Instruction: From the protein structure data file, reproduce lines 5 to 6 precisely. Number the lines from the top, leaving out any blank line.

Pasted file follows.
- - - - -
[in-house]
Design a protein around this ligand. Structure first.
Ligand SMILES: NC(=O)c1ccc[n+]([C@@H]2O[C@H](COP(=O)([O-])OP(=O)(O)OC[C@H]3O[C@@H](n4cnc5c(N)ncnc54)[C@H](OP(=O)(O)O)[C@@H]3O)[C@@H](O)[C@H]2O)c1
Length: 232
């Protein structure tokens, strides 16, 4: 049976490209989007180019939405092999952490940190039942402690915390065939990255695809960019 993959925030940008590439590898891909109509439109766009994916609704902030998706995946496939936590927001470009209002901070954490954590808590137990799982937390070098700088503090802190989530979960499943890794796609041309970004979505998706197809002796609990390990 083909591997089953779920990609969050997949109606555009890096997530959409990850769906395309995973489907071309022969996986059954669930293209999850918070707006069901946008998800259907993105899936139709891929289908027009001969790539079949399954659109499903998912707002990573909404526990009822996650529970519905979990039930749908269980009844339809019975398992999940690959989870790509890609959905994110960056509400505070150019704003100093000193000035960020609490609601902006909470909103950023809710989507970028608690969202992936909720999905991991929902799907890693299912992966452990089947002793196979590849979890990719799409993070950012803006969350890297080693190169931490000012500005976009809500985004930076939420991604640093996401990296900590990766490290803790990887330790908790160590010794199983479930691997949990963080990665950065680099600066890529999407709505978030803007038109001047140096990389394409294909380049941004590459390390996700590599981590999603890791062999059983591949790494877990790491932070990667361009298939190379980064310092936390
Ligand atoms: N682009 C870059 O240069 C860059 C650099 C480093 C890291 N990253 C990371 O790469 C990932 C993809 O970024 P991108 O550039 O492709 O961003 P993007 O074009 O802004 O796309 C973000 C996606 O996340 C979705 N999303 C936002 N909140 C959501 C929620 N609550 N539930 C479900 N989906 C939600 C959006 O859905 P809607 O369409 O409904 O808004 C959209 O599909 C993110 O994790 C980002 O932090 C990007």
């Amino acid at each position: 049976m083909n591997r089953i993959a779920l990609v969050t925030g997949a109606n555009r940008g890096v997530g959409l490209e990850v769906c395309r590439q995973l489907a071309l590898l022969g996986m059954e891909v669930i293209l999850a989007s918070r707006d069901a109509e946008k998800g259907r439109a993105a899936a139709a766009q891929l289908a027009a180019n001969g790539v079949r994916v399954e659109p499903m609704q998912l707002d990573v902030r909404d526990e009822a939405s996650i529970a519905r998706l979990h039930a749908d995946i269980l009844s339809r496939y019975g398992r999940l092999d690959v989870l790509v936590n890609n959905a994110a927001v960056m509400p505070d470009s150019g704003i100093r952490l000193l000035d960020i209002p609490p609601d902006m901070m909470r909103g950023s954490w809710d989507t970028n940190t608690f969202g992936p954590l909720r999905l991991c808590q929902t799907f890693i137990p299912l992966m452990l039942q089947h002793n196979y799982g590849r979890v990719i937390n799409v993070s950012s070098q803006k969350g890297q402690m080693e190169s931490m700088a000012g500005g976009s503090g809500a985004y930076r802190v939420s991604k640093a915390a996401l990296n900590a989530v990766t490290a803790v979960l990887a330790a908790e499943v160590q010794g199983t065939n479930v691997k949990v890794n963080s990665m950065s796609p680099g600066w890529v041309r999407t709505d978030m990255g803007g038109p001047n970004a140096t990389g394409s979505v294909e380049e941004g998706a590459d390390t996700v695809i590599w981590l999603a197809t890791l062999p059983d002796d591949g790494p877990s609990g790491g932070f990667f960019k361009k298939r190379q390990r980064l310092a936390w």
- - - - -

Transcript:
């Protein structure tokens, strides 16, 4: 049976490209989007180019939405092999952490940190039942402690915390065939990255695809960019 993959925030940008590439590898891909109509439109766009994916609704902030998706995946496939936590927001470009209002901070954490954590808590137990799982937390070098700088503090802190989530979960499943890794796609041309970004979505998706197809002796609990390990 083909591997089953779920990609969050997949109606555009890096997530959409990850769906395309995973489907071309022969996986059954669930293209999850918070707006069901946008998800259907993105899936139709891929289908027009001969790539079949399954659109499903998912707002990573909404526990009822996650529970519905979990039930749908269980009844339809019975398992999940690959989870790509890609959905994110960056509400505070150019704003100093000193000035960020609490609601902006909470909103950023809710989507970028608690969202992936909720999905991991929902799907890693299912992966452990089947002793196979590849979890990719799409993070950012803006969350890297080693190169931490000012500005976009809500985004930076939420991604640093996401990296900590990766490290803790990887330790908790160590010794199983479930691997949990963080990665950065680099600066890529999407709505978030803007038109001047140096990389394409294909380049941004590459390390996700590599981590999603890791062999059983591949790494877990790491932070990667361009298939190379980064310092936390
Ligand atoms: N682009 C870059 O240069 C860059 C650099 C480093 C890291 N990253 C990371 O790469 C990932 C993809 O970024 P991108 O550039 O492709 O961003 P993007 O074009 O802004 O796309 C973000 C996606 O996340 C979705 N999303 C936002 N909140 C959501 C929620 N609550 N539930 C479900 N989906 C939600 C959006 O859905 P809607 O369409 O409904 O808004 C959209 O599909 C993110 O994790 C980002 O932090 C990007």